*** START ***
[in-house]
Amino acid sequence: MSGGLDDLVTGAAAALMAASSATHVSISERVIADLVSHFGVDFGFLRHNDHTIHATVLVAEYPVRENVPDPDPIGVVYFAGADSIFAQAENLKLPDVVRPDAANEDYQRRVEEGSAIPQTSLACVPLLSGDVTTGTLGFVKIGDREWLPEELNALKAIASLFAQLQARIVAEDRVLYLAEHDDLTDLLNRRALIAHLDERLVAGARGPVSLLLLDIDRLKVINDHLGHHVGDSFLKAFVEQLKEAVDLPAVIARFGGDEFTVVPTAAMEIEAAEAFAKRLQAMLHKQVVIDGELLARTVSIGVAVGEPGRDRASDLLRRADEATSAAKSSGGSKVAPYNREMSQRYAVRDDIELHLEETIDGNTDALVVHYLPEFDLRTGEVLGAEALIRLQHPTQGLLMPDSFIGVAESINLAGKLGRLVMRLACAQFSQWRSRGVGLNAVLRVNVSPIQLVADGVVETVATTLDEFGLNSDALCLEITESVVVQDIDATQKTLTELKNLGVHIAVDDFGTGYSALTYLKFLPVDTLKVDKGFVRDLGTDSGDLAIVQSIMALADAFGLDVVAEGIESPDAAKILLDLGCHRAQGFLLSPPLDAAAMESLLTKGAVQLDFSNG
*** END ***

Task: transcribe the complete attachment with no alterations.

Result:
[in-house]
Amino acid sequence: MSGGLDDLVTGAAAALMAASSATHVSISERVIADLVSHFGVDFGFLRHNDHTIHATVLVAEYPVRENVPDPDPIGVVYFAGADSIFAQAENLKLPDVVRPDAANEDYQRRVEEGSAIPQTSLACVPLLSGDVTTGTLGFVKIGDREWLPEELNALKAIASLFAQLQARIVAEDRVLYLAEHDDLTDLLNRRALIAHLDERLVAGARGPVSLLLLDIDRLKVINDHLGHHVGDSFLKAFVEQLKEAVDLPAVIARFGGDEFTVVPTAAMEIEAAEAFAKRLQAMLHKQVVIDGELLARTVSIGVAVGEPGRDRASDLLRRADEATSAAKSSGGSKVAPYNREMSQRYAVRDDIELHLEETIDGNTDALVVHYLPEFDLRTGEVLGAEALIRLQHPTQGLLMPDSFIGVAESINLAGKLGRLVMRLACAQFSQWRSRGVGLNAVLRVNVSPIQLVADGVVETVATTLDEFGLNSDALCLEITESVVVQDIDATQKTLTELKNLGVHIAVDDFGTGYSALTYLKFLPVDTLKVDKGFVRDLGTDSGDLAIVQSIMALADAFGLDVVAEGIESPDAAKILLDLGCHRAQGFLLSPPLDAAAMESLLTKGAVQLDFSNG